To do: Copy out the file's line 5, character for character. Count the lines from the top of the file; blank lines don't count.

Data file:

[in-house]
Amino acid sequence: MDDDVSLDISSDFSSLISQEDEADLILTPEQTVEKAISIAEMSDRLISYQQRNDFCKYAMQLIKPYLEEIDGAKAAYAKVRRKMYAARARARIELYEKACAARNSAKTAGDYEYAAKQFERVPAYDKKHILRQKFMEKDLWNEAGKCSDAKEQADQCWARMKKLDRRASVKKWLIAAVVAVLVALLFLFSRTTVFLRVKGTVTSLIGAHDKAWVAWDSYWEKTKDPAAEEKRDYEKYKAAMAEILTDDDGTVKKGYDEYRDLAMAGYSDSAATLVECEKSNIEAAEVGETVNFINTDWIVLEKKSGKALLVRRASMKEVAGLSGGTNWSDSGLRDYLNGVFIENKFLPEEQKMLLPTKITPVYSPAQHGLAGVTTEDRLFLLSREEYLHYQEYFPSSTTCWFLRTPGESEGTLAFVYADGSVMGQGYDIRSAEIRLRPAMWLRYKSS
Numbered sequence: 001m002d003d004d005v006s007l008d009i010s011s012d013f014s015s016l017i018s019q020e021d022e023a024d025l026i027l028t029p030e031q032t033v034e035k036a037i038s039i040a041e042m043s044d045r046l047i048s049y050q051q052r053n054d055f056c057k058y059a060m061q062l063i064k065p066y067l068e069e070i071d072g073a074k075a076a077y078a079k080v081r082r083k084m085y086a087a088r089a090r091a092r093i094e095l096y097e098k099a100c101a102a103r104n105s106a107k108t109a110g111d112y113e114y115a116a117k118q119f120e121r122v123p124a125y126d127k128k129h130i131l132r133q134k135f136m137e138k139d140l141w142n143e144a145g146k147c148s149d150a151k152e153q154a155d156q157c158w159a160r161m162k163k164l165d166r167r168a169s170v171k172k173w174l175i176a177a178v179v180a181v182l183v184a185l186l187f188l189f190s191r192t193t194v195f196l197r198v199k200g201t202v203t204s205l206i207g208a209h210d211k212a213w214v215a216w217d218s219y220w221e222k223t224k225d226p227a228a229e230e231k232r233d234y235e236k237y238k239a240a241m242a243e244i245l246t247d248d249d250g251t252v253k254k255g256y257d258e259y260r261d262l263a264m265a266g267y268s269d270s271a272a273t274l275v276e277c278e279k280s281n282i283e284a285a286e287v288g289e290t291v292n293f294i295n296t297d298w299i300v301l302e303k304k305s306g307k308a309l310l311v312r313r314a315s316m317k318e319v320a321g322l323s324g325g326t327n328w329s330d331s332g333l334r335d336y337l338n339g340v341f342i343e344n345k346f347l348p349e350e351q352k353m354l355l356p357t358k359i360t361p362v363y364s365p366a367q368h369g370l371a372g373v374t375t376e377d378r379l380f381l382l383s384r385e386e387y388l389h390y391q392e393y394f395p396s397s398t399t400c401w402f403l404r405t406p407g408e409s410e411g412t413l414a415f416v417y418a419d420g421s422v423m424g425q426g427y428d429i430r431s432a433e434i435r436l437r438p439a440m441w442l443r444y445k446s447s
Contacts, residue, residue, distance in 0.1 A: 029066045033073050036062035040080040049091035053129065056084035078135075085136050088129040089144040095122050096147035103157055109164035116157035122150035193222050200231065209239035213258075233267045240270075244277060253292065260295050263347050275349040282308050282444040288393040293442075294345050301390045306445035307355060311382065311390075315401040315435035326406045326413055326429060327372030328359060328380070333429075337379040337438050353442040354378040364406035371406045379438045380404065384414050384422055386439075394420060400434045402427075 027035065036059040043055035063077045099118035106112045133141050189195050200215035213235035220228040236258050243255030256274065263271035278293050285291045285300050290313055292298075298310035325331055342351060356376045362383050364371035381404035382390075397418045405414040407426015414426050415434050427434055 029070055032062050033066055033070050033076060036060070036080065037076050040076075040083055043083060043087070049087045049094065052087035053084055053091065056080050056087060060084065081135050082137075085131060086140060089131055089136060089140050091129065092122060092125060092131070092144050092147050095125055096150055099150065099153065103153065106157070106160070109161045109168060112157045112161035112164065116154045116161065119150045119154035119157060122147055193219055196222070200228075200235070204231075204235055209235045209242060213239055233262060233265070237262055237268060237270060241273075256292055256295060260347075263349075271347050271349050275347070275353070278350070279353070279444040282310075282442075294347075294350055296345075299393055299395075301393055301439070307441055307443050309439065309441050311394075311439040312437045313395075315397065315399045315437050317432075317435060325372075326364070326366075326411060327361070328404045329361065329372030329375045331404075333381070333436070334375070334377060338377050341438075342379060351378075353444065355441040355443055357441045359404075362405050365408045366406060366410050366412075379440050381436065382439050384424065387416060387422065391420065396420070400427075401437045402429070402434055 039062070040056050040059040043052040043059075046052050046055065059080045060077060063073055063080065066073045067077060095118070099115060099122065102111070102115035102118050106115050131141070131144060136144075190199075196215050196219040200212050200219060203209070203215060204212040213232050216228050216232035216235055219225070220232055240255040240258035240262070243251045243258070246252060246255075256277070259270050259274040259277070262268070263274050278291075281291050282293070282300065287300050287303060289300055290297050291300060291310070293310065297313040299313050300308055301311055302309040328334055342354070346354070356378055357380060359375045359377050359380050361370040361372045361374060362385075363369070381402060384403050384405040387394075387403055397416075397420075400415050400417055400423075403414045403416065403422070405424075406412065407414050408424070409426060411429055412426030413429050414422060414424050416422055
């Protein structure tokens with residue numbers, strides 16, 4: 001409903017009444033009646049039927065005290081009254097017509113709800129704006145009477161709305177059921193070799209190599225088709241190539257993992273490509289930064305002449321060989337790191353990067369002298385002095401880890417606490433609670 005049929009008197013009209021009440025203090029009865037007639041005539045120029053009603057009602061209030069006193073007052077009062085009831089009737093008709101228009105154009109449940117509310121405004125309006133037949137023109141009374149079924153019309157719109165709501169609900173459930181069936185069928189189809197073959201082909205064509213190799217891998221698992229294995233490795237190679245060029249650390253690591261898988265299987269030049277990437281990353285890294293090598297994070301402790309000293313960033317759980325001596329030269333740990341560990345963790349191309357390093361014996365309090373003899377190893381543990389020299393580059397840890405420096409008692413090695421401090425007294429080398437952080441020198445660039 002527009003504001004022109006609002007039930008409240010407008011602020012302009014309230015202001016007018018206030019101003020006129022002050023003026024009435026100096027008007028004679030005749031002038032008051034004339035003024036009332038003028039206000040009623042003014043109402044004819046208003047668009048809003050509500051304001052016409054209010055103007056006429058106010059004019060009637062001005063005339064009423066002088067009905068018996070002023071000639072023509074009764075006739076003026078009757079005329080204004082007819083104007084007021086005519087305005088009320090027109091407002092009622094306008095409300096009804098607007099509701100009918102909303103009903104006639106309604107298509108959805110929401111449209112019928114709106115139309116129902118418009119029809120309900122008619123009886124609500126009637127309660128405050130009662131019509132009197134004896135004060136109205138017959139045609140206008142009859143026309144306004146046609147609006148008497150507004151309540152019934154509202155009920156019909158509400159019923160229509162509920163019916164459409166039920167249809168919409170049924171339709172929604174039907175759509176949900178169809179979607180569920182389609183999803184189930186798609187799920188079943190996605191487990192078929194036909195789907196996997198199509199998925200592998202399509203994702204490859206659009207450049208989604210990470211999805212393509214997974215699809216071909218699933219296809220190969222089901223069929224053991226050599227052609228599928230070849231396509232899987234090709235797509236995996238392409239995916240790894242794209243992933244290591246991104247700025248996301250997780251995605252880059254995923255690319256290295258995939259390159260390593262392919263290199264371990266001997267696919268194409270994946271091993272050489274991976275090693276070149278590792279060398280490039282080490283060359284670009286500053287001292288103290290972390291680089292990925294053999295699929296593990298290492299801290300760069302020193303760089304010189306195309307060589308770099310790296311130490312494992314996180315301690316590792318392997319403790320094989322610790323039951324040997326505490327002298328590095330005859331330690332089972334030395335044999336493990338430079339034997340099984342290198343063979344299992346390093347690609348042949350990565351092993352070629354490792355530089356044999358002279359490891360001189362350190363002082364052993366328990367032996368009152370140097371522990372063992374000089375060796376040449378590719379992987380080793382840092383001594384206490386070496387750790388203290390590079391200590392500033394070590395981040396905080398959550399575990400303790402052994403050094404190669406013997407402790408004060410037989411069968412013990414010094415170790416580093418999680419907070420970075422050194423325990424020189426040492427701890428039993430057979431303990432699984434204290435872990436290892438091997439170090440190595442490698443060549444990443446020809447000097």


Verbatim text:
């Protein structure tokens with residue numbers, strides 16, 4: 001409903017009444033009646049039927065005290081009254097017509113709800129704006145009477161709305177059921193070799209190599225088709241190539257993992273490509289930064305002449321060989337790191353990067369002298385002095401880890417606490433609670 005049929009008197013009209021009440025203090029009865037007639041005539045120029053009603057009602061209030069006193073007052077009062085009831089009737093008709101228009105154009109449940117509310121405004125309006133037949137023109141009374149079924153019309157719109165709501169609900173459930181069936185069928189189809197073959201082909205064509213190799217891998221698992229294995233490795237190679245060029249650390253690591261898988265299987269030049277990437281990353285890294293090598297994070301402790309000293313960033317759980325001596329030269333740990341560990345963790349191309357390093361014996365309090373003899377190893381543990389020299393580059397840890405420096409008692413090695421401090425007294429080398437952080441020198445660039 002527009003504001004022109006609002007039930008409240010407008011602020012302009014309230015202001016007018018206030019101003020006129022002050023003026024009435026100096027008007028004679030005749031002038032008051034004339035003024036009332038003028039206000040009623042003014043109402044004819046208003047668009048809003050509500051304001052016409054209010055103007056006429058106010059004019060009637062001005063005339064009423066002088067009905068018996070002023071000639072023509074009764075006739076003026078009757079005329080204004082007819083104007084007021086005519087305005088009320090027109091407002092009622094306008095409300096009804098607007099509701100009918102909303103009903104006639106309604107298509108959805110929401111449209112019928114709106115139309116129902118418009119029809120309900122008619123009886124609500126009637127309660128405050130009662131019509132009197134004896135004060136109205138017959139045609140206008142009859143026309144306004146046609147609006148008497150507004151309540152019934154509202155009920156019909158509400159019923160229509162509920163019916164459409166039920167249809168919409170049924171339709172929604174039907175759509176949900178169809179979607180569920182389609183999803184189930186798609187799920188079943190996605191487990192078929194036909195789907196996997198199509199998925200592998202399509203994702204490859206659009207450049208989604210990470211999805212393509214997974215699809216071909218699933219296809220190969222089901223069929224053991226050599227052609228599928230070849231396509232899987234090709235797509236995996238392409239995916240790894242794209243992933244290591246991104247700025248996301250997780251995605252880059254995923255690319256290295258995939259390159260390593262392919263290199264371990266001997267696919268194409270994946271091993272050489274991976275090693276070149278590792279060398280490039282080490283060359284670009286500053287001292288103290290972390291680089292990925294053999295699929296593990298290492299801290300760069302020193303760089304010189306195309307060589308770099310790296311130490312494992314996180315301690316590792318392997319403790320094989322610790323039951324040997326505490327002298328590095330005859331330690332089972334030395335044999336493990338430079339034997340099984342290198343063979344299992346390093347690609348042949350990565351092993352070629354490792355530089356044999358002279359490891360001189362350190363002082364052993366328990367032996368009152370140097371522990372063992374000089375060796376040449378590719379992987380080793382840092383001594384206490386070496387750790388203290390590079391200590392500033394070590395981040396905080398959550399575990400303790402052994403050094404190669406013997407402790408004060410037989411069968412013990414010094415170790416580093418999680419907070420970075422050194423325990424020189426040492427701890428039993430057979431303990432699984434204290435872990436290892438091997439170090440190595442490698443060549444990443446020809447000097």